As soon as you start advocating behavior changes based on associational evidence you leave the path of wisdom.
You sure seem to have a lot of opinions about statisticians being conservative about making claims without bothering to read up on the relevant history and why this conservativism might have developed in the field.
You can read Halpern's stuff if you want an axiomatization of something like the responses to the do-operator.
Or you can try to understand the relationship of do() and counterfactual random variables, and try to formulate causality as a missing data problem (whereby a full data distribution on counterfactuals and an observed data distribution on factuals are related via a coarsening process).
How is this different from just a regular imperative programming language with imperative assignment?
Causal models are just programs (with random inputs, and certain other restrictions if you want to be able to represent them as DAGs). The do() operator is just imperative assignment.
Here are directions: https://www.instructables.com/id/The-Pandemic-Ventilator/
I think the sorts of people I want to see this blog website will know what to do with the information on it.
Medical information on covid-19: https://emcrit.org/ibcc/covid19/
https://panvent.blogspot.com/ <- Spread this to your biomedical engineering friends, or any hobbyist who can build things. We need to ramp up ventilator capacity, now. Even if they are 80% as good as a high tech one, but cheap to make, they will save lives.
There's a long history of designing and making devices like these for the Third World places that need them. We will need these soon, here and everywhere.
Some references to lesswrong, and value alignment there.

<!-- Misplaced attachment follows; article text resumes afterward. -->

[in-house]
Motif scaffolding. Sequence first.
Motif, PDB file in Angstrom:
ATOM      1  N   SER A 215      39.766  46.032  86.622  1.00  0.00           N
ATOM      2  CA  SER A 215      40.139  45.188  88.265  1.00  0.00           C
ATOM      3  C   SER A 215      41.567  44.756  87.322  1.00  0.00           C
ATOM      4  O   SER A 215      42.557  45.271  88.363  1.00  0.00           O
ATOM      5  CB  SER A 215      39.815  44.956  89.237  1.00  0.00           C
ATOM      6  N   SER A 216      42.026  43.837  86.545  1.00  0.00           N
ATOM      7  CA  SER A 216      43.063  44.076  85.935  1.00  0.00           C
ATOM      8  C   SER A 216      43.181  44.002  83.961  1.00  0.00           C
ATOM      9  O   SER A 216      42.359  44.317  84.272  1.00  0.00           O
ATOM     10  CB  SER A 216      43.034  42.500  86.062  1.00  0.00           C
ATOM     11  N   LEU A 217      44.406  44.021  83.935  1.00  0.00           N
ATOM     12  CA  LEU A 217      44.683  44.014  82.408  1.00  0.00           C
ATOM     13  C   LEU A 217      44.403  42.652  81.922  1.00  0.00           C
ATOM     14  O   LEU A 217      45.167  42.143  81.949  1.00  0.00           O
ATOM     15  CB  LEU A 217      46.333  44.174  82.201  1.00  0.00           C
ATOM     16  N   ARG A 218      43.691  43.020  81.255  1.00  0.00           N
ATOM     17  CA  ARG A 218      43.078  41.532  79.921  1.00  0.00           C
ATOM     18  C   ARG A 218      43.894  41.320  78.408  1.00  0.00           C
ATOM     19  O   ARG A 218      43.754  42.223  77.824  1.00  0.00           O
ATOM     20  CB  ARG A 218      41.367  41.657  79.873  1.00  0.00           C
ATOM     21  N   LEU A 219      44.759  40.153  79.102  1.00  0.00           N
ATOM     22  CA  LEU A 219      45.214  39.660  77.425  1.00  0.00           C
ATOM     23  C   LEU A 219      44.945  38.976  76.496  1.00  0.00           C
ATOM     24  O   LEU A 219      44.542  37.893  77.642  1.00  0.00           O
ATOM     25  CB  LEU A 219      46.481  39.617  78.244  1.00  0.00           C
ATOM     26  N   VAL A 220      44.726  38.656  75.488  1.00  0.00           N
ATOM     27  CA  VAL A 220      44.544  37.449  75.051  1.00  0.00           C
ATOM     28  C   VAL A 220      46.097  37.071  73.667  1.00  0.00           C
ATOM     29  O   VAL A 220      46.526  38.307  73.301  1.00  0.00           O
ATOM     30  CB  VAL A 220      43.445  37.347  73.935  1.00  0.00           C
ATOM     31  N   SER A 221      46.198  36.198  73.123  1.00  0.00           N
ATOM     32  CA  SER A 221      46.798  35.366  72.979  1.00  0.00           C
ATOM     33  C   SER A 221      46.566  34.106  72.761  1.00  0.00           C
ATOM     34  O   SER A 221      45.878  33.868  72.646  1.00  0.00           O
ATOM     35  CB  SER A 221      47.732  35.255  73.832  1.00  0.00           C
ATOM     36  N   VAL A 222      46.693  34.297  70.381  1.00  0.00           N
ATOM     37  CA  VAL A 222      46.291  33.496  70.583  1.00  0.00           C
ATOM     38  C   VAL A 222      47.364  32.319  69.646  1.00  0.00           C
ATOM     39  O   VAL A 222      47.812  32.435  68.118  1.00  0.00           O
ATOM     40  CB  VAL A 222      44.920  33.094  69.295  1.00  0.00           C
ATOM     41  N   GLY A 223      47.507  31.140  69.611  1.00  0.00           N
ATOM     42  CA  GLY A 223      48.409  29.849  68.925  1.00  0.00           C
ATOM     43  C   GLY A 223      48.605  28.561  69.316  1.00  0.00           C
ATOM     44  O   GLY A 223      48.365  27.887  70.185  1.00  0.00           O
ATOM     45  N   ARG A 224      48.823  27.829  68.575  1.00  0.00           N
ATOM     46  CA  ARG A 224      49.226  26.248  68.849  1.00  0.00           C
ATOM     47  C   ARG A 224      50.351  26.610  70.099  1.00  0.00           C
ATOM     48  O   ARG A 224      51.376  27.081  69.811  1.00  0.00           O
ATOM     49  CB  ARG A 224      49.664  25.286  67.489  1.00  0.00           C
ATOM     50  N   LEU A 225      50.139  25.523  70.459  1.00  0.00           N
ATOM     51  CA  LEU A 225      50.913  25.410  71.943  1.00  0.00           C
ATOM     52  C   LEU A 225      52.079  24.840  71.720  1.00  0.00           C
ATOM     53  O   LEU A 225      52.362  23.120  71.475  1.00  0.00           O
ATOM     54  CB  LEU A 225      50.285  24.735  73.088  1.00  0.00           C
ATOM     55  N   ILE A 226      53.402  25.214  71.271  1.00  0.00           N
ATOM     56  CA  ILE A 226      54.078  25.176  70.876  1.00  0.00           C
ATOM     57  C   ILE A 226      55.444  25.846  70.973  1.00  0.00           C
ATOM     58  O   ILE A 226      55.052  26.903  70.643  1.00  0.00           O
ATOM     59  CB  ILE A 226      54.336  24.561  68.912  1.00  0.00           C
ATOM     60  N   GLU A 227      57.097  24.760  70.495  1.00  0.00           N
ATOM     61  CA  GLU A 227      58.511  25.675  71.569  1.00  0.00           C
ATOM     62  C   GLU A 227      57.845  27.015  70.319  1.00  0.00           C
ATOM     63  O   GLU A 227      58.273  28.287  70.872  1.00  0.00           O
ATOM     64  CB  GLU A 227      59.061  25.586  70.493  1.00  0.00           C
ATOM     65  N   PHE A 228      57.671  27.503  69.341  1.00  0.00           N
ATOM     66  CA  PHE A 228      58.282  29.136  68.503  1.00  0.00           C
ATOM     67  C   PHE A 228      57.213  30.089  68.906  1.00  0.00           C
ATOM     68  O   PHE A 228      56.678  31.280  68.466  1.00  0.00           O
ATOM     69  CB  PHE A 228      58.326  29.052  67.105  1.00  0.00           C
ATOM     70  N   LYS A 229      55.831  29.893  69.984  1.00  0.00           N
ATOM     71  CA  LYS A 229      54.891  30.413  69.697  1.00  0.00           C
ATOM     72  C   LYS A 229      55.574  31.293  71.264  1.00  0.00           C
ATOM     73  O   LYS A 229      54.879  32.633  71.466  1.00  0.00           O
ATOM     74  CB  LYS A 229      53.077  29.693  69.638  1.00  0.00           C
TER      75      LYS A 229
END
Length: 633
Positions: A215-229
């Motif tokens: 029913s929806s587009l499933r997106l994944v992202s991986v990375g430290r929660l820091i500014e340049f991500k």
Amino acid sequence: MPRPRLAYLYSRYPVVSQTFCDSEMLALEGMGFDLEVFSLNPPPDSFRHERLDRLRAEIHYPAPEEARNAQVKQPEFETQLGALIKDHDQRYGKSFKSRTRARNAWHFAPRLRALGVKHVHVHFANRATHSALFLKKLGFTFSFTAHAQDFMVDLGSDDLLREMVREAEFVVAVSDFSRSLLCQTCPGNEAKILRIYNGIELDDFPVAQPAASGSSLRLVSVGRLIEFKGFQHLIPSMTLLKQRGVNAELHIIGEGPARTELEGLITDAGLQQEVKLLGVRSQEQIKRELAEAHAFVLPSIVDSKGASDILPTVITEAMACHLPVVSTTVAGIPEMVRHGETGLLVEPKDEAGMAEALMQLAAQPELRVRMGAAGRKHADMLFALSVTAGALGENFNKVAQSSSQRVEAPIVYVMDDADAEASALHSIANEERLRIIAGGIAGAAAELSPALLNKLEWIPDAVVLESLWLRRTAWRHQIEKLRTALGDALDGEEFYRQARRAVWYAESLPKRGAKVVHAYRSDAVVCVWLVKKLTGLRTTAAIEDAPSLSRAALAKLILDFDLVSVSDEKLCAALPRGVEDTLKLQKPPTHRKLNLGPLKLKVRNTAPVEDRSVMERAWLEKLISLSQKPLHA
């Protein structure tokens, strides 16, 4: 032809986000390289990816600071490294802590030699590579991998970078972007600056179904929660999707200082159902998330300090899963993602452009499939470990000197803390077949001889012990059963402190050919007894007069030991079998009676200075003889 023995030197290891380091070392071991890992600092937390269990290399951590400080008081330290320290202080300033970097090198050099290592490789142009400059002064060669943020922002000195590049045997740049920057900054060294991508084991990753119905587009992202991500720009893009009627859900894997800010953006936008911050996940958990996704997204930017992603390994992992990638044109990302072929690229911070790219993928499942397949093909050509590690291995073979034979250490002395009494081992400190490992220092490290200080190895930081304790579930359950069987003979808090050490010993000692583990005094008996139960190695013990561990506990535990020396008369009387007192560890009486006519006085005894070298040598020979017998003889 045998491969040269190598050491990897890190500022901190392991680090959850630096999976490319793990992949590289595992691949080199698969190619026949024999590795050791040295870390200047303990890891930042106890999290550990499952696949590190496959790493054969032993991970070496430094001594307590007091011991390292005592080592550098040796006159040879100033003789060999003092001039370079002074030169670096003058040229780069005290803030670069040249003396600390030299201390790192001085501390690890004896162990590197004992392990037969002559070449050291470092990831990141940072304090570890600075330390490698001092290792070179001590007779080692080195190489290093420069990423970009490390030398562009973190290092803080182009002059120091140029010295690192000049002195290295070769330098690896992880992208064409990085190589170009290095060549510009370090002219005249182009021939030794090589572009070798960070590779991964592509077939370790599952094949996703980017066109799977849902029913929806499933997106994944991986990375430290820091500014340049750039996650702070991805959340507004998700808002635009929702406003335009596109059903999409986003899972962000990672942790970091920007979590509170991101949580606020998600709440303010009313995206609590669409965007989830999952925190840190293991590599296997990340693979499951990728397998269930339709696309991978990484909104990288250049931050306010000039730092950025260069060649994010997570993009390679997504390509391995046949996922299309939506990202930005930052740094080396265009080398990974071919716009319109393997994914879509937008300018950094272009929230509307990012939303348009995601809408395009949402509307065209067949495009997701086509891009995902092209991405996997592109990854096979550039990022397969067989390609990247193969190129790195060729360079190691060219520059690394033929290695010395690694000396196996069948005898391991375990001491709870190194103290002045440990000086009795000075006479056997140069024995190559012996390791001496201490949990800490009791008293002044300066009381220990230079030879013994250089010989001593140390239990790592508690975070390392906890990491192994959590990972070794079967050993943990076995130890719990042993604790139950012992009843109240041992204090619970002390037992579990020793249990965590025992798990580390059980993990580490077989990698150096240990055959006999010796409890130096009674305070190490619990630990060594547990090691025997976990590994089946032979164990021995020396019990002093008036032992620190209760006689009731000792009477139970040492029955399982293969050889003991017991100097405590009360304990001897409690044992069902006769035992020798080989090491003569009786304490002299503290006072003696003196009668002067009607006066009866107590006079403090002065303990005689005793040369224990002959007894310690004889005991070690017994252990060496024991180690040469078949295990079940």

anyone going to the AAAI ethics/safety conf?
One of my favorite examples of a smart person being confused about something is ET Jaynes being confused about Bell inequalities.
Smart people are confused all the time, even (perhaps especially) in their area.
You are really confused about statistics and learning, and possibly also about formal languages in theoretical CS. I neither want nor have time to get into this with you, just wanted to point this out for your potential benefit.
(This is not "Yudkowskian Rationality" though.)
Dear Christian, please don't pull rank on my behalf. I don't think this is productive to do, and I don't want to bring anyone else into this.
well, using philosophy i did that hard part and figured out which ones are good.
Who are you talking to? To the audience? To the fourth wall?
Surely not to me, I have no sway here.
Your sockpuppet: "There is a shortage of good philosophers."
Me: "Here is a good philosophy book."
You: "That's not philosophy."
Also you: "How is Ayn Rand so right about everything."
Also you: "I don't like mainstream stuff."
Also you: "Have you heard that I exchanged some correspondence with DAVID DEUTSCH!?"
Also you: "What if you are, hypothetically, wrong? What if you are, hypothetically, wrong? What if you are, hypothetically, wrong?" x1000
Part of rationality is properly dealing with ...
It's important to internalize that the intellectual world lives in the attention economy, like eveything else.
Just like "content creators" on social platforms think hard about capturing and keeping attention, so do intellectuals and academics. Clarity and rigor is a part of that.
No one has time, energy, (or crayons, as the saying goes) for half-baked ramblings on a blog or forum somewhere.